True and False variables

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Location: India

Postby nkk_kan » Apr 16, 2008 22:07

@RJkouba :

It looks like your dagger variable is string data type from this statement

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dagger(1-30)="You see a dagger on the floor"

If data type of a constant is not defined then it checks the value given to it and infers a data type.'
here constants "false" and "true" are given values as integers so they become integer data type,
Thus,It shows that "Type Mismatch" and "Invalid Assignment" errors.

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const s = "this is a string"
const a = 10

here, S will be made a string data type constant while a will become an integer.
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Postby notthecheatr » Apr 17, 2008 0:58

TRUE and FALSE are nice ways to do things. TRUE is usually -1 or &hfffffff (add more f's depending on what data type you use) - in other words, NOT FALSE. That makes sense, since true should be the opposite of false and that's what NOT does. Thinking in terms of the logic operations helps this to make sense.

And thinking in terms of zero or non-zero is fine too - in some cases it's important, such as when an error code is returned - but that doesn't always work well, so it's preferable to use -1 or NOT(FALSE) in most cases.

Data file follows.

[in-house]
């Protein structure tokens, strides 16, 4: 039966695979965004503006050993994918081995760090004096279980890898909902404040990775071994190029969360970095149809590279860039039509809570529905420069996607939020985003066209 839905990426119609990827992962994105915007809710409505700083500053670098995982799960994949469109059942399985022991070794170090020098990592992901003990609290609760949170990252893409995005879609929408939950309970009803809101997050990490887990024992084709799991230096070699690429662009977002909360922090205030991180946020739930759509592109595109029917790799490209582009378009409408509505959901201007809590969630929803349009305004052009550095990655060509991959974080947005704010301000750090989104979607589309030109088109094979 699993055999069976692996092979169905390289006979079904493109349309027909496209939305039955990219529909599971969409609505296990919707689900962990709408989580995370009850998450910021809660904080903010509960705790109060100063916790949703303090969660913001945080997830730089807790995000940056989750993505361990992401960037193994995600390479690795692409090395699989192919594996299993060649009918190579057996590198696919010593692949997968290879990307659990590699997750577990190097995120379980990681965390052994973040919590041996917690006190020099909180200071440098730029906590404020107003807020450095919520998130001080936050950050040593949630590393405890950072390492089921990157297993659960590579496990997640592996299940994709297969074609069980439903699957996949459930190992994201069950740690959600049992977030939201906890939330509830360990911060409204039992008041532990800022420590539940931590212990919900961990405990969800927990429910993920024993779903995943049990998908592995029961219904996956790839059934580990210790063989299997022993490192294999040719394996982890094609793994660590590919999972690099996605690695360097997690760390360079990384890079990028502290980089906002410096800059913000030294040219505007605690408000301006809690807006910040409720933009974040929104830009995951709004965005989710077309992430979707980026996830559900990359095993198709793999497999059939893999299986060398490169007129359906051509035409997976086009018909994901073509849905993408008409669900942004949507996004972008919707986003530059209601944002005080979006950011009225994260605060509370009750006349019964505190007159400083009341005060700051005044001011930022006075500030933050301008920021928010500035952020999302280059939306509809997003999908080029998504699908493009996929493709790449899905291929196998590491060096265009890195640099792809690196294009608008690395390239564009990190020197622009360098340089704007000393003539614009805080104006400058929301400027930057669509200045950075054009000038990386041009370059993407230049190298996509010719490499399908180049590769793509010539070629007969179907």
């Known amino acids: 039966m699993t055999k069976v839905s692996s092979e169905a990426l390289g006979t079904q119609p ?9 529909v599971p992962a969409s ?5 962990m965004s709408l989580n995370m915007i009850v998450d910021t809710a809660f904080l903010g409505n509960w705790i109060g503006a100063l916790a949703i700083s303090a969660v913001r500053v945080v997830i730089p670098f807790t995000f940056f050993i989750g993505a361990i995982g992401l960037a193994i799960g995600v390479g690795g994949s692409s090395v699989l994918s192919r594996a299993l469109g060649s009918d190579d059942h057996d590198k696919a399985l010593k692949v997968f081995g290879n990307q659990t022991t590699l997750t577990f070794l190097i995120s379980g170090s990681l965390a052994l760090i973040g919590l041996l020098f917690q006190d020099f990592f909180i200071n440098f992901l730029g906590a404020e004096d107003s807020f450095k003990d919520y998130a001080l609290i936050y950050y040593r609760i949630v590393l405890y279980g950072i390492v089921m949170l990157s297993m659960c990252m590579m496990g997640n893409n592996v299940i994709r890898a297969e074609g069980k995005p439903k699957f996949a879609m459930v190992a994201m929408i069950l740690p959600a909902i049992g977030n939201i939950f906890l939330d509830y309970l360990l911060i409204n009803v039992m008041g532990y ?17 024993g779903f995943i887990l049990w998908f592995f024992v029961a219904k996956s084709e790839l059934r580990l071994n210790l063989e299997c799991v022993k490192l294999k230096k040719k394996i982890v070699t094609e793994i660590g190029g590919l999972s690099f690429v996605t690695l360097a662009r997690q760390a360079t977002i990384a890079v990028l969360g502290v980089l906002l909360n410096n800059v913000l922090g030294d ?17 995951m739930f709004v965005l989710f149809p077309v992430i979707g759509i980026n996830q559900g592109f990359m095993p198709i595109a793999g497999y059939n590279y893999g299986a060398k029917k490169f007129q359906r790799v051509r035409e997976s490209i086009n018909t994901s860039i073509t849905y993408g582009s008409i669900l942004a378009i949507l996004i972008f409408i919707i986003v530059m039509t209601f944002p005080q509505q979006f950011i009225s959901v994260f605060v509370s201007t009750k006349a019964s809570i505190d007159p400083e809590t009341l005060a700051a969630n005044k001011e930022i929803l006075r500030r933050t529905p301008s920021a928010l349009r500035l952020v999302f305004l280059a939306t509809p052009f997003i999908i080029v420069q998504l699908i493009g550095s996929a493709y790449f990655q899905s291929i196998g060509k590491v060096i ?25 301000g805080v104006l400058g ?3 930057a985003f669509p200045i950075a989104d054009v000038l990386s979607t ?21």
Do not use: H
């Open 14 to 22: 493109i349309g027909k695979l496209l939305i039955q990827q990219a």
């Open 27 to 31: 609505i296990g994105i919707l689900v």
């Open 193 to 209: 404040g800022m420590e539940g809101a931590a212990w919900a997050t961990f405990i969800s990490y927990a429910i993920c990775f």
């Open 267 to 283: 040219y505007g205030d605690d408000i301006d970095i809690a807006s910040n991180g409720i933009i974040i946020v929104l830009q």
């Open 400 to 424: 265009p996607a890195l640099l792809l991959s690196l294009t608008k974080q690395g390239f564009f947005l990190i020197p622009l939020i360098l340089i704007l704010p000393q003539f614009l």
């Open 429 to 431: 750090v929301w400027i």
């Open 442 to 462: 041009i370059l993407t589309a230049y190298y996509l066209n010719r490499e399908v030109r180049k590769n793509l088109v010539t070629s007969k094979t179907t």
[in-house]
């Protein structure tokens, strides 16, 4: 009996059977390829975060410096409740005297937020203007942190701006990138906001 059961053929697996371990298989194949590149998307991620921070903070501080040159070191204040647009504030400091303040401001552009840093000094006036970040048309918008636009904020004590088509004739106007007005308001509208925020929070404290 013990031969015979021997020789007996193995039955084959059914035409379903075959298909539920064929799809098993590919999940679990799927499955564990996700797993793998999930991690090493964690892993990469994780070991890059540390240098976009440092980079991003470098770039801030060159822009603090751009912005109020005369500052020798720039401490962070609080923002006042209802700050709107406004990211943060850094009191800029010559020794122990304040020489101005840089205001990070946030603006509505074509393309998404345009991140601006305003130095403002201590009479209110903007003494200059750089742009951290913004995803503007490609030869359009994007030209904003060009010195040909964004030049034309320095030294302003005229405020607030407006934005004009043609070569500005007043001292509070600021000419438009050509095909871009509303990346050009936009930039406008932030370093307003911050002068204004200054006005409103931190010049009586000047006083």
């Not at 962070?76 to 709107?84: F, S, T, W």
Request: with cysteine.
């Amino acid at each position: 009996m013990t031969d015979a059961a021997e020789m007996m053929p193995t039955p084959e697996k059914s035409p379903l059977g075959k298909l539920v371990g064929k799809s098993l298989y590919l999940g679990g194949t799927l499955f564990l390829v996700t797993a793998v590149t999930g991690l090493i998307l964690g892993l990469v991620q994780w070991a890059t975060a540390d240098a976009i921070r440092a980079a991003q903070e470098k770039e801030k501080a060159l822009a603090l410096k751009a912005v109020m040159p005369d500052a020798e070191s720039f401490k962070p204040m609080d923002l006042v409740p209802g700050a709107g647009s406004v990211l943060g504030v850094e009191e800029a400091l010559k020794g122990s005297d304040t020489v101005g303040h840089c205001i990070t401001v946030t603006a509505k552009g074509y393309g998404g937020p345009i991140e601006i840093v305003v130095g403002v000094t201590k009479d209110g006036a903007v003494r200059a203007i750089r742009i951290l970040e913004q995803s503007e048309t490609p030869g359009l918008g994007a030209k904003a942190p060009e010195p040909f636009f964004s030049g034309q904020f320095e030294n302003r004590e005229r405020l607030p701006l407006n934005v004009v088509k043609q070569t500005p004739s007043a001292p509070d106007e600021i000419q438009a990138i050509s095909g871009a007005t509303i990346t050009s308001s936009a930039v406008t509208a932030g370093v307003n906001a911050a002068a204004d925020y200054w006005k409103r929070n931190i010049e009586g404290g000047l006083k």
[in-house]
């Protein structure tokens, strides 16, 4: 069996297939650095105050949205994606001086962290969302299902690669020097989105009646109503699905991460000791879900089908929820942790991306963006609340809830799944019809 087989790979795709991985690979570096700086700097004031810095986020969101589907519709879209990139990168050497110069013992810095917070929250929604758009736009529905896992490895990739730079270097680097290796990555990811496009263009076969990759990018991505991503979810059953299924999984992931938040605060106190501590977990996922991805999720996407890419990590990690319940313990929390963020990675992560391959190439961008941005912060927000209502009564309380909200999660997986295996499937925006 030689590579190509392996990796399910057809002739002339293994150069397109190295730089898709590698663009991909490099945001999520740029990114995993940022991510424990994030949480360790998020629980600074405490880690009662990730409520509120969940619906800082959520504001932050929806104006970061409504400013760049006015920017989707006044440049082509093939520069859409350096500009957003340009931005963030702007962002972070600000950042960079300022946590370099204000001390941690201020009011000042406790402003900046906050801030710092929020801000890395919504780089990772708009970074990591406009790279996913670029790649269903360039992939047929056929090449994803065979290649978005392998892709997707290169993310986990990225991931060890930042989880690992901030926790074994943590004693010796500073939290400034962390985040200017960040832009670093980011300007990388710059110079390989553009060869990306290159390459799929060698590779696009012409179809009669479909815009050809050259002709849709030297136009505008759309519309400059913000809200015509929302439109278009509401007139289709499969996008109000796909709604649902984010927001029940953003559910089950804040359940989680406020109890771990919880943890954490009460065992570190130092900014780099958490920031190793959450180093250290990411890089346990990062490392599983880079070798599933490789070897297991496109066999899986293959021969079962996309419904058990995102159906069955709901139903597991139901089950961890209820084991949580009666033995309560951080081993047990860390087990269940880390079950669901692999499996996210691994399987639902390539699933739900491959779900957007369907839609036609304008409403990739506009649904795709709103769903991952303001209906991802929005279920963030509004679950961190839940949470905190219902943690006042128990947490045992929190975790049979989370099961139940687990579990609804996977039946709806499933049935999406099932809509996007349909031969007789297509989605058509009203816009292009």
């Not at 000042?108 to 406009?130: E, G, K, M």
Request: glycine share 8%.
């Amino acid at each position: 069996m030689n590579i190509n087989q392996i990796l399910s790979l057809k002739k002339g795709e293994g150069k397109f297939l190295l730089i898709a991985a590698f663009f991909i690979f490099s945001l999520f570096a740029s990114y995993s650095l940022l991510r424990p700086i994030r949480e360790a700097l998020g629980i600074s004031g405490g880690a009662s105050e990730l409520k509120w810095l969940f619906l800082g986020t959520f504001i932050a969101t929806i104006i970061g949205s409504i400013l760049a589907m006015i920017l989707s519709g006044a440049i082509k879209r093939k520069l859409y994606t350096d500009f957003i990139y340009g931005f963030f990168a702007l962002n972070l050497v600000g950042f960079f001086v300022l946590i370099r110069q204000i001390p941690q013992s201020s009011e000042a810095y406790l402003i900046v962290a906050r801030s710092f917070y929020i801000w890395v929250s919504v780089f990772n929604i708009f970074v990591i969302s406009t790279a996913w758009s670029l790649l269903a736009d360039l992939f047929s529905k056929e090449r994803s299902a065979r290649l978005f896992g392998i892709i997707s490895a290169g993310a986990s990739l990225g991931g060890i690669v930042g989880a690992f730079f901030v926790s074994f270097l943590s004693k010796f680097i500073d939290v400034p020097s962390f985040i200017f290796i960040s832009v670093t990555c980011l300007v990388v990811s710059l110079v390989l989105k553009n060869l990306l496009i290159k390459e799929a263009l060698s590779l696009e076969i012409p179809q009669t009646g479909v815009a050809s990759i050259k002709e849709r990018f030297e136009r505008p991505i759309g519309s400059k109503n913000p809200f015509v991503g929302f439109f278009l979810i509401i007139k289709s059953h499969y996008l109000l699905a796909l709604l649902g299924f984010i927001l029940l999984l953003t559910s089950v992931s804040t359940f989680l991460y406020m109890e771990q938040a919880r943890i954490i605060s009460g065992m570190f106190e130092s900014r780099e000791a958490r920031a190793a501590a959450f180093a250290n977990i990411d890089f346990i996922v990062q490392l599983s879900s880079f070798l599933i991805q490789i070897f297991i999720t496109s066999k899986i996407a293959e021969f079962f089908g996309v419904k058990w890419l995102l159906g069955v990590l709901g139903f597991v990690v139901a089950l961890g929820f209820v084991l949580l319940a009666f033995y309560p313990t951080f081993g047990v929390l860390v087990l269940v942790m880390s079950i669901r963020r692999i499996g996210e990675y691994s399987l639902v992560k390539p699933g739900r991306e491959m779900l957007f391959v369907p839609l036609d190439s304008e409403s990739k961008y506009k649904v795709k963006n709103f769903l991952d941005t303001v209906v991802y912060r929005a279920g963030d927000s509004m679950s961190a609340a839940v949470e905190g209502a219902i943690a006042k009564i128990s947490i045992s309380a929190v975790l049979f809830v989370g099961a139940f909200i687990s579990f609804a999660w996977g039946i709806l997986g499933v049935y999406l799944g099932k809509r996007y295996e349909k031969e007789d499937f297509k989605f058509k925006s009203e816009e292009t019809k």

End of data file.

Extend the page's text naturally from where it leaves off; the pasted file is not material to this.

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Postby Eclipzer » Oct 29, 2008 17:46

Here's a simpler program to demonstrate the logical errors that occur when using false=0, true=1 for boolean values:

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  const TRUE =1
  const FALSE=0 
  dim as integer answer=TRUE
  if not answer then
    ? "answer is false"
    ? "correct is true"
  end if

Ideally this should return "correct is true" but it fails to do so since NOT answer, which is really NOT 1, evaluates to -2. Since all non-zero values will pass a conditional test, the "answer is false" is actually returned.
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Postby dkl » Oct 29, 2008 20:09

I define my own TRUE as not(FALSE) indeed, which works fine together with FB.
However for example the Windows API uses 1 for TRUE. So, you got to be careful there.

And such things are the reason to choose testing against "<> FALSE" (FALSE is 0 everywhere) over "= TRUE".
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Postby counting_pine » Oct 29, 2008 20:20

Just to point out that this thread is over half a year old...

Also, be careful when you write things like NOT(expr). NOT isn't a function but a unary operator, and it can capture things outside the brackets. E.g. NOT(0) + 1 is equivalent to "NOT (0 + 1)", even though it looks like "(NOT 0) + 1".

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